Radar Observations of Near Earth Asteroids

Yasuhiro Koyama (koyama(AT)nict.go.jp)

Kashima Space Research Center
Communications Research Laboratory
893-1 Hirai, Kashima, Ibaraki 314, Japan

1. Introduction

Planetary radar technique has revealed its unique capability to investigate geometry and surface properties of various solar system bodies (Ostro, 1993). The radar technique has advantages over optical techniques in its high spatial resolution and ability to construct three dimensional images. Recently, deep space spacecraft can make more detailed investigations, but the planetary radar is still playing an important role since observation opportunities are far more frequent than space missions.

The asteroid 6489 Golevka (= 1991 JX) approached Earth to the geocentric distance of 0.034 AU on June 9, 1995. The asteroid is an Apollo object and has an earth-crossing orbit with perihelion and aphelion distances of 1.0098 and 4.0328 AU, respectively (Fig.1).

Figure 1. Orbits of the asteroid 6489 Golevka and planets and their positions on June 9, 1995.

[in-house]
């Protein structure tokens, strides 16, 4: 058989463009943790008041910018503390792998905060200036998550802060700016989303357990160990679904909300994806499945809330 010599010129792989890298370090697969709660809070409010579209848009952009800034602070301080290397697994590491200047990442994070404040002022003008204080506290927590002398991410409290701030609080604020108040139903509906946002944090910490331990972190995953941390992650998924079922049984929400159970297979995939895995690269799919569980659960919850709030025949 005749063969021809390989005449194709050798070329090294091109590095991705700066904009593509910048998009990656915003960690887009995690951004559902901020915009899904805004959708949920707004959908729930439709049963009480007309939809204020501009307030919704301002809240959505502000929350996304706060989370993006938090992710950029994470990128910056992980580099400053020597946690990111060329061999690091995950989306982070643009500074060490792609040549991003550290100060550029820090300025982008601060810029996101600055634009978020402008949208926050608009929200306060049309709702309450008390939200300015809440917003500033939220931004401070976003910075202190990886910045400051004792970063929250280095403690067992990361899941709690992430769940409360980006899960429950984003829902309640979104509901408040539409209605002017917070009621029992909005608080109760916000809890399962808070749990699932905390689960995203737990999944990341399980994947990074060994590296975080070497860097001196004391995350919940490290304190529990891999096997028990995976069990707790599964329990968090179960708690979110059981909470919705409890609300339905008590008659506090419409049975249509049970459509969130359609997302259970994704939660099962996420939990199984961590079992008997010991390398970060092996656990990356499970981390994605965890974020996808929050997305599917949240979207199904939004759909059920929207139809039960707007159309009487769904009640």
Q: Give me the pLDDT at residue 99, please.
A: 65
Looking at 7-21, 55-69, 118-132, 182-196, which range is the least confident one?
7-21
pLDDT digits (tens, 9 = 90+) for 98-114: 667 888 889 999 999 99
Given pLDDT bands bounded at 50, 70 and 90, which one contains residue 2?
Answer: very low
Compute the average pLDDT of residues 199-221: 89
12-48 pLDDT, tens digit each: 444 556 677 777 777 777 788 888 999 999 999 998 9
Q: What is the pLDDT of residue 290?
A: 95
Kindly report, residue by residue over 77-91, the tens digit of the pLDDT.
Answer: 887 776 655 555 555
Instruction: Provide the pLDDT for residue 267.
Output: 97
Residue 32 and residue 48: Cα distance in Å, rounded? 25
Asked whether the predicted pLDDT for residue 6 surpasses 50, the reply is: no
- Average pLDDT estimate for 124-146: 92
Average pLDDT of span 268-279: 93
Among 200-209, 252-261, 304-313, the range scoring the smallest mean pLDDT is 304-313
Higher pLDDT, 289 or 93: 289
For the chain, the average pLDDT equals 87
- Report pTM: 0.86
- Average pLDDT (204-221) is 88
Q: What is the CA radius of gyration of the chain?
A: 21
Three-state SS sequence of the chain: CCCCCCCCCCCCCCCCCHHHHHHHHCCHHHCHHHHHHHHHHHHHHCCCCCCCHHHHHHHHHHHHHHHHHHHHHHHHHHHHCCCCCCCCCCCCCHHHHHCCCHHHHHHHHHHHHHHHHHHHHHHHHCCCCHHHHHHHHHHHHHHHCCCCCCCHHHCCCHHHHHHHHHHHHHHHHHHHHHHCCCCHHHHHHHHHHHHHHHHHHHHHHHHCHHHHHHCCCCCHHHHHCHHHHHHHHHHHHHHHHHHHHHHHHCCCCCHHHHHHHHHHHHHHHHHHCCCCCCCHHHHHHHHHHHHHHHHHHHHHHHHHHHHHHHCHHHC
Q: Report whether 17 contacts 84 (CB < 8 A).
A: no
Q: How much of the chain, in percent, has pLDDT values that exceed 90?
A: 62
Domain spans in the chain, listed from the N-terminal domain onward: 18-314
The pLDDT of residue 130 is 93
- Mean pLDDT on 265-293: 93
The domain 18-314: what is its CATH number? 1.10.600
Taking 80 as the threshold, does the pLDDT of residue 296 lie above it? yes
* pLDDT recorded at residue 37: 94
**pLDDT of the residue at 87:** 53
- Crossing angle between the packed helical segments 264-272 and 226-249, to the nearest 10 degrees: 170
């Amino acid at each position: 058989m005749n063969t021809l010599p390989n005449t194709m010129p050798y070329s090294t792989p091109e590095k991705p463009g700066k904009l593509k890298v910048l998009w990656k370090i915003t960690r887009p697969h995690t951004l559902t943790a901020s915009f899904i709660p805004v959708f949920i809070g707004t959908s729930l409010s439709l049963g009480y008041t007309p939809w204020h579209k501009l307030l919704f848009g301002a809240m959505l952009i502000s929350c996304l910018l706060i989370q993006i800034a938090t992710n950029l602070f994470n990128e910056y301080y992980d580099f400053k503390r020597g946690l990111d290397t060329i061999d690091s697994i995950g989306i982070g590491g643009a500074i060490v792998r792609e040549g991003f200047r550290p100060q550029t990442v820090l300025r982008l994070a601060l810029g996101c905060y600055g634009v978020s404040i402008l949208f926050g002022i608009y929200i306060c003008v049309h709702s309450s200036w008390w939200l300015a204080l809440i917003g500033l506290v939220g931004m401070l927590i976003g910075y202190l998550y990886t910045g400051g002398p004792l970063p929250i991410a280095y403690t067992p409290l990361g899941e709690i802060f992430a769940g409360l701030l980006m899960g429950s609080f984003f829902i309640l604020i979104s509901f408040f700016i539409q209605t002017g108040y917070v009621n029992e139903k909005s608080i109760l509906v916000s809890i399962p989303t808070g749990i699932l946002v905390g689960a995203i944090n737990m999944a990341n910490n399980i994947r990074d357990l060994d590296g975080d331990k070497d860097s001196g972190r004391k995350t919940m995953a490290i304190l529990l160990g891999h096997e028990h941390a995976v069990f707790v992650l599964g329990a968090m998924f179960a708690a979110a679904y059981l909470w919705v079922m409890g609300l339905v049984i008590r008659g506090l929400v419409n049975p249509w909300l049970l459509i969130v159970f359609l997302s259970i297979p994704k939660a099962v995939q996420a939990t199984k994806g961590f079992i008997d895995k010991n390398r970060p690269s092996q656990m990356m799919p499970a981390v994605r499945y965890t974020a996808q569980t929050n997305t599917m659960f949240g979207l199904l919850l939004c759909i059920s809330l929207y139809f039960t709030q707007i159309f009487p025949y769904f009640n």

The asteroid was a very good target of international bi-static radar experiment since it had a high value of declination when it approached earth. Taking this opportunity, an international asteroid radar experiment was organized as a collaboration between Japan, Russia, and the United States. In the bi-static radar experiment, a high power radio signal was transmitted from 70m antenna at Goldstone, and the radar echo reflected at the surface of the asteroid was received by the 34m antenna at Kashima along with other antennae at Evpatoria in Ukraine, and at Goldstone. The radar echo was successfully detected and the asteroid became the first solar system object observed by means of radar from Japan. The name of the asteroid was proposed to the Minor Planet Center of the International Astronomical Union after the radar experiment to honor the success by taking two or three letters of three ground stations (GOLdstone-EVpatoria-KAshima = GOLEVKA) and it was officially approved in January, 1996 (Minor Planet Circular 26245, 1996).